Watching Hulu/HAL on Iceweasel in Debian

Do you want to watch Hulu in Debian with Iceweasel/Firefox without having to go to Windows or Ubuntu? Of course, Adobe Flash is bad, and so is DRM. But if you’re going to watch it, isn’t it better to do it in Debian than having to restart your computer (or run a Virtualbox)?

There is a way to build the HAL package from Ubuntu’s PPA from source. I forget where I read it in Debian Forums, so I can’t give the shoutout, but I found this helpful website on how to build from the source package from a Ubuntu PPA. Here are my .deb files for Debian 64-bit. In the following, I will use Ubuntu 14.04 Utopic HAL PPA on Launchpad, as that is LTS, I believe. Continue reading

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How to Install GNU/Linux on Computer

(Tired of the lagginess, bugginess, proprietary/expensive nature of Micro$oft Windows? Or hate the new Metro User Interface? Tired of viruses? Want to see what the big deal of free- and open-source software is? Want to run your computer more efficiently and safely?)

Here is a quick walkthrough that a certain someone (you know who you are, MJ) asked me for on how to install GNU/Linux on a computer and make it runĀ  dual-boot (Windows and Linux on one computer). Continue reading

How to Backup ClockWorkMod Recovery (CWMR) to Linux Computer

Do you have a CM phone or an Android device w/ ClockWorkMod Recovery (CWMR)? Have problems trying to find that backup file you just backed up? (If you want to know how to back up, and you have CWM Recovery, simply, boot into recovery (via the CWMR app or via “adb reboot bootloader” –> Recovery Mode.) Continue reading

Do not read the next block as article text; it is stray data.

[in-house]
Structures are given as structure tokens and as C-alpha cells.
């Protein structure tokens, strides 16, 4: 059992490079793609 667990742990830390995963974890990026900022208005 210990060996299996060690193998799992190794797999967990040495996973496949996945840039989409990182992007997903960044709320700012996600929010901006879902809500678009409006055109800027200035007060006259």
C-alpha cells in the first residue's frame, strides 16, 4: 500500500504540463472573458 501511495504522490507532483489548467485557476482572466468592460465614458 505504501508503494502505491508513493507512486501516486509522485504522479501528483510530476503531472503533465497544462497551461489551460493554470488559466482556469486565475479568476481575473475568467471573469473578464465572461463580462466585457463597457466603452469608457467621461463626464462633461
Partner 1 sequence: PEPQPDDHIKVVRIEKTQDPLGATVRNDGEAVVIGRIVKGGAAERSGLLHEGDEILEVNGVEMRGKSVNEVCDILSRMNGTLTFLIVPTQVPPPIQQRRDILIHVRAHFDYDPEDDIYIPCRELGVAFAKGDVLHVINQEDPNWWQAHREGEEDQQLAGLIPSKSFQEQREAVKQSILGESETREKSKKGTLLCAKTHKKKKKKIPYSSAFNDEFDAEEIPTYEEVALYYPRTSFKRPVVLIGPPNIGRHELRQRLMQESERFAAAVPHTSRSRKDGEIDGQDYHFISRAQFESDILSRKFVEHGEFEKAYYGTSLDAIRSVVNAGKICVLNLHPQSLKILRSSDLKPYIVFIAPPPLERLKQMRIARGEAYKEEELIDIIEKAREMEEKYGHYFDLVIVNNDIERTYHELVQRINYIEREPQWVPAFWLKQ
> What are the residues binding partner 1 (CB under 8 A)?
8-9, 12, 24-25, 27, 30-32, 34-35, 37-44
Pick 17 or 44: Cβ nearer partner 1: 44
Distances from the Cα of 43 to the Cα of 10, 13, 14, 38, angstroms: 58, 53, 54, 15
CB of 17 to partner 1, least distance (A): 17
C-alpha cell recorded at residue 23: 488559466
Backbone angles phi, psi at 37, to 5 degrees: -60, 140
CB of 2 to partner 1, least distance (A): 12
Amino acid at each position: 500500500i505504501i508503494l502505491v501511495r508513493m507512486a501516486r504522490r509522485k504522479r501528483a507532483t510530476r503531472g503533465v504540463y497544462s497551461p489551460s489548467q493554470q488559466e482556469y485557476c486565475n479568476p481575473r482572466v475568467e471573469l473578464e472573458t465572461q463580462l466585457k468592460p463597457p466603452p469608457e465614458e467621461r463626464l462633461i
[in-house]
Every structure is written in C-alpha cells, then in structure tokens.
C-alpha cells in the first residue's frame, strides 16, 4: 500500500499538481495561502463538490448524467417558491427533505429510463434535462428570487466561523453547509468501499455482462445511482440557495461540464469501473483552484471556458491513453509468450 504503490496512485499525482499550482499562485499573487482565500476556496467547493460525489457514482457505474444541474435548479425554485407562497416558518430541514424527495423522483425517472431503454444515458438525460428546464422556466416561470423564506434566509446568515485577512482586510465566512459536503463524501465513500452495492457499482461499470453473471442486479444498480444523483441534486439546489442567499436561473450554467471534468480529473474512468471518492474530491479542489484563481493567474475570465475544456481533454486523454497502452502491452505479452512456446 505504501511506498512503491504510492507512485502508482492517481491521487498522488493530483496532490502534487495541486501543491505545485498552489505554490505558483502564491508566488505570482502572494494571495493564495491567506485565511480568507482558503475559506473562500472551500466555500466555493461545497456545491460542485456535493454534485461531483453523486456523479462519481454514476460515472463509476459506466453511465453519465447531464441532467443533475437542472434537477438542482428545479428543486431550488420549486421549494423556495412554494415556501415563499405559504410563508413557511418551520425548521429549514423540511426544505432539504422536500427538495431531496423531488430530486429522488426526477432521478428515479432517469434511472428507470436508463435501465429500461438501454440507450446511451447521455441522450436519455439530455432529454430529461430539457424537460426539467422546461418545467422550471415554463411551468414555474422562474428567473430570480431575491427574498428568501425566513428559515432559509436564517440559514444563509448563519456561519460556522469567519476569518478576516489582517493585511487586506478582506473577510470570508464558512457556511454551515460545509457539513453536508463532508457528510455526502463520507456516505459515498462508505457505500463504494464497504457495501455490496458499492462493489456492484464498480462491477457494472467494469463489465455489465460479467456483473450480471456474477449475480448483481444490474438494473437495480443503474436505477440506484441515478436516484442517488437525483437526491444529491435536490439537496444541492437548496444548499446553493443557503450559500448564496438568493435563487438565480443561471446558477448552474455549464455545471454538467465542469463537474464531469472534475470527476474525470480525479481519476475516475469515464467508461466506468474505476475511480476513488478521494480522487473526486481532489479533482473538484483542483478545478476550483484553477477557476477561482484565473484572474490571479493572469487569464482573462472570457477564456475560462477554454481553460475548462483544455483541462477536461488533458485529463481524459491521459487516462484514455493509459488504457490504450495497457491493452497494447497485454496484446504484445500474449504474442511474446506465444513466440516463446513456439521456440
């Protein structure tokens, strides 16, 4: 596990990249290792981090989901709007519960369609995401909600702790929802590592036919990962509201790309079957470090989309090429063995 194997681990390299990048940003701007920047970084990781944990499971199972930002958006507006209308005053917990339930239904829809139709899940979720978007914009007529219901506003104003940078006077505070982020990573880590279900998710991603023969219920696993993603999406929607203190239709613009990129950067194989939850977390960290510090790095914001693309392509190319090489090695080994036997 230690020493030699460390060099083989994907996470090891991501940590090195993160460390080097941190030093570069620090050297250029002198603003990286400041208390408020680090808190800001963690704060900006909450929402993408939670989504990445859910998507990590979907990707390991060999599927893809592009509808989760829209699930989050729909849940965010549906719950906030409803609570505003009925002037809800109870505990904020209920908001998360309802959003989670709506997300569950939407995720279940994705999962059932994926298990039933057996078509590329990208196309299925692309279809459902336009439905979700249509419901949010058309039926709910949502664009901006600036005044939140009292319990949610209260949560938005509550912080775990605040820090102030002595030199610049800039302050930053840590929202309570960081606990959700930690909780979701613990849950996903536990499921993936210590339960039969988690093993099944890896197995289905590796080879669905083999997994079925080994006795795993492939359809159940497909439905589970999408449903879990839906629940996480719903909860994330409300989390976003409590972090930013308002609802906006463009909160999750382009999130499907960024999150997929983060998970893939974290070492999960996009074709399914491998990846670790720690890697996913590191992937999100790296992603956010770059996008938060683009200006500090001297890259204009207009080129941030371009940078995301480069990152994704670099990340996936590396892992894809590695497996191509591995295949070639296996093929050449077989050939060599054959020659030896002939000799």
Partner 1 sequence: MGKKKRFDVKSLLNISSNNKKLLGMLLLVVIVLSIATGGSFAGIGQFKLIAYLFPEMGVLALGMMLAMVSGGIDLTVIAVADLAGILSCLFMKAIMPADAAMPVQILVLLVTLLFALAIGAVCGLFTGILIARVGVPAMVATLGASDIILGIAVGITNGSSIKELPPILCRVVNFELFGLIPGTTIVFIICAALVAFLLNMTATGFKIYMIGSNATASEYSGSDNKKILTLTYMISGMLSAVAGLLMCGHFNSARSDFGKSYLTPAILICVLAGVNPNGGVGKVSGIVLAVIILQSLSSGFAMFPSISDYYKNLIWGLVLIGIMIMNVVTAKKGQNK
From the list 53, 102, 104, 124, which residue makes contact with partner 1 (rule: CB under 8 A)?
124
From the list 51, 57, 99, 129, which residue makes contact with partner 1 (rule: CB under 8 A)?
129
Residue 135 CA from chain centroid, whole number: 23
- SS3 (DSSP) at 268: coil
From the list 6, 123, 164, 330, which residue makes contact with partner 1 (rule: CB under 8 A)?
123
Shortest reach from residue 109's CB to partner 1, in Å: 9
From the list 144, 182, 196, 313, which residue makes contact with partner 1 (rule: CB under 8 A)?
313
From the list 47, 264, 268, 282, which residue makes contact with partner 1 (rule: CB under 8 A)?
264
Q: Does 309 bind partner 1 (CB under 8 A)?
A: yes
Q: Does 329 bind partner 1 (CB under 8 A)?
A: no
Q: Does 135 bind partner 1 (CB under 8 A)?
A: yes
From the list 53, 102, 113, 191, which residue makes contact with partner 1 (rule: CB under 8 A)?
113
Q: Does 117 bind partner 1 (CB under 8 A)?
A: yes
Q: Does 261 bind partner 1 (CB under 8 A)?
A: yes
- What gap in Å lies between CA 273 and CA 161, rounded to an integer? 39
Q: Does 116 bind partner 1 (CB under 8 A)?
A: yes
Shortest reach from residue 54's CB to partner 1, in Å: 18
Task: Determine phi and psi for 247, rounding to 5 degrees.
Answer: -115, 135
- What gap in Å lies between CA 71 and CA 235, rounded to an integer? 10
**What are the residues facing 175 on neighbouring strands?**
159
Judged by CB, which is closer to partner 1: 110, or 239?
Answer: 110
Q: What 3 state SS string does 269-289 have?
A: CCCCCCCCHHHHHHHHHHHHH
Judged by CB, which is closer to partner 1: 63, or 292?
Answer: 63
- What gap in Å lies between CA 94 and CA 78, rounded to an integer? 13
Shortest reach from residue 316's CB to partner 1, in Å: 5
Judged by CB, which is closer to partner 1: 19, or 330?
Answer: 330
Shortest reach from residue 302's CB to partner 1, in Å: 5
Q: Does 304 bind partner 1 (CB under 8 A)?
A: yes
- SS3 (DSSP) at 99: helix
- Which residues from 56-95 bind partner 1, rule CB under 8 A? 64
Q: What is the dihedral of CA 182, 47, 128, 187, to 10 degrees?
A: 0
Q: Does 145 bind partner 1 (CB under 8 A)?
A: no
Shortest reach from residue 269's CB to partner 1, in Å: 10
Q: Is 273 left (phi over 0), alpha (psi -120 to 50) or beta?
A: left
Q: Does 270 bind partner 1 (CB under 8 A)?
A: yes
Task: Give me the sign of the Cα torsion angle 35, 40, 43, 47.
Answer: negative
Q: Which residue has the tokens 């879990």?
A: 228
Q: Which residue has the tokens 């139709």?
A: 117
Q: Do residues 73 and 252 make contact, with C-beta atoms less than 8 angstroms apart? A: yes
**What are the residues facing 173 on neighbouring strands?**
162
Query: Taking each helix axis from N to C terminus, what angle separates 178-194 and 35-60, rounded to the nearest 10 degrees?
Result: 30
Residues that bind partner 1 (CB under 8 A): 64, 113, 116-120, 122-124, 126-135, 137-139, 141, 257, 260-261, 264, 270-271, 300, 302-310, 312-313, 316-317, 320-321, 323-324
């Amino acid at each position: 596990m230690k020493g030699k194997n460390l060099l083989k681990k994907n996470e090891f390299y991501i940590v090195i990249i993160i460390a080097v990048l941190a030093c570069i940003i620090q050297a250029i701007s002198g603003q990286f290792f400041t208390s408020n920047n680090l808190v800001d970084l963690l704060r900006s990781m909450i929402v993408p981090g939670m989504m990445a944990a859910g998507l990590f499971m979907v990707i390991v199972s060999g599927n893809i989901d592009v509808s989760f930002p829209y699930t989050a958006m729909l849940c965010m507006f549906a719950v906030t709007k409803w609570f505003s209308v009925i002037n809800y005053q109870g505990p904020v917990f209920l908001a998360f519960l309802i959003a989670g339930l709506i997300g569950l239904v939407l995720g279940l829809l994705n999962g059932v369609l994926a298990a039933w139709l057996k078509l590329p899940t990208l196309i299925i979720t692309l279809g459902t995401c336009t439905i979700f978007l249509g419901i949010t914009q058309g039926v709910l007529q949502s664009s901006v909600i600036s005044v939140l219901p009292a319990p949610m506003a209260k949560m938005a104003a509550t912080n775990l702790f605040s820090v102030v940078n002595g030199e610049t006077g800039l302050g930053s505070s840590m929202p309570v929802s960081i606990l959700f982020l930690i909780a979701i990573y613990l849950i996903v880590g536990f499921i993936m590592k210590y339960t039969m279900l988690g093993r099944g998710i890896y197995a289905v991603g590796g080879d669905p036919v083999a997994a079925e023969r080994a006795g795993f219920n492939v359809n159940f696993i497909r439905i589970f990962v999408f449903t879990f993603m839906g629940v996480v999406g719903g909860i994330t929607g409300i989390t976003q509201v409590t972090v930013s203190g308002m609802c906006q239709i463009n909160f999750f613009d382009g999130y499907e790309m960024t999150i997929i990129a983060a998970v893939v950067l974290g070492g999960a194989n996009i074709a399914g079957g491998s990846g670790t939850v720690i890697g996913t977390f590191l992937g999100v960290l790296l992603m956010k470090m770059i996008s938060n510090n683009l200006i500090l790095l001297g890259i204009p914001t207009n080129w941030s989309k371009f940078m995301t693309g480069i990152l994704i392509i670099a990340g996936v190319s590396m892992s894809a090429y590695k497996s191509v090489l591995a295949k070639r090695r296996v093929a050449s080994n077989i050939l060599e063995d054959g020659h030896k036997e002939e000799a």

Putting Music (and Playlists) into Your Android Phone from GNU/Linux w/ Gnome

Update: It is best (even necessary) when your music folders/files are the same as your computer’s. Folder organization is important for the Banshee-exported playlists to “find” the music on your phone.

 

(I use CM 10.2 Nightlies (Franco Kernel) on LG Google Nexus 4 16 GB w/ Debian Sid GNU/Linux w/ Gnome 3 – Kernel 3.10 –> AMD64)

My favorite music player of choice is Banshee. However, it seems that it crashes whenever I have my Nexus 4 mounted. šŸ˜¦

So really, the best way is to stop Banshee (that means quitting it, not just minimizing it. You have to go to the status bar and turn it off) [also, I tried w/ Rhythmbox, and it didn’t seem to play nice either…]. Continue reading

(Rooting/Unlocking) Android on GNU/Linux Quick Guide (Specfically, Nexus 4 on Debian)

For Debian-based systems, you may need to apt-get / aptitude install “android-tools-adb” and “android-tools-fastboot” or perhaps the whole package “android-tools”. If you cannot find in your repositories, google android-tools. For more recent distros on 64-bit, the package “lib32ncurses5” may need to be installed for adb to work (also, you may want to add this to your /home/user/.bashrc file –> “export PATH=${PATH}:/home/user/Android/android-sdk-linux/platform-tools” (see this link)). Continue reading

PDF Highlighting & Annotations in GNU/Linux: Xournal (or Okular for KDE)

SUMMARY/Cheat Sheet (2014 Jan 18)

Gnome or other Desktop Environment (DE)? Use Xournal for highlighting, note-taking, etc. For smaller text size comments, use Flpsed, which allows you to adjust size of the text you are superimposing over the PDF background itself (good for filling out non-form PDF permission sheets, applications, etc. Xournal’s text can sometimes be too large and clunky to fit in the space provided in PDF sheets/forms). Update: Ha! Somehow I missed it. You can easily change the font size and font type in Xournal. So no need for Flpsed.

KDE? Consider using Okular. In non-KDE, may not be worth it. Dunno. Not sure how well it saves changes. The only thing that is clearly superior is the fact that if you have a text pdf, its highlighting can be straight/with the line, whereas in Xournal, highlighting is freehand, and so will be less neat visually. [If you must use Okular in GNOME and can’t find it from your Gnome-shell, useĀ Alt+F2 –> “okular” and it will open.]

For saving changes permanently, you might need to EXPORT as PDF, not save as PDF.

For including signature, best to take a picture of your own signature, use GIMP (Photoshop) to make an image (export as .jpg), using contrast and brightness to ensure a pure white background (or else it just looks bad). Then crop and reduce pixels to a small size to fit in “signature” boxes in pdf forms/sheets. Then just copy the image and paste it into your pdf form (opened via GIMP), and export as pdf. Continue reading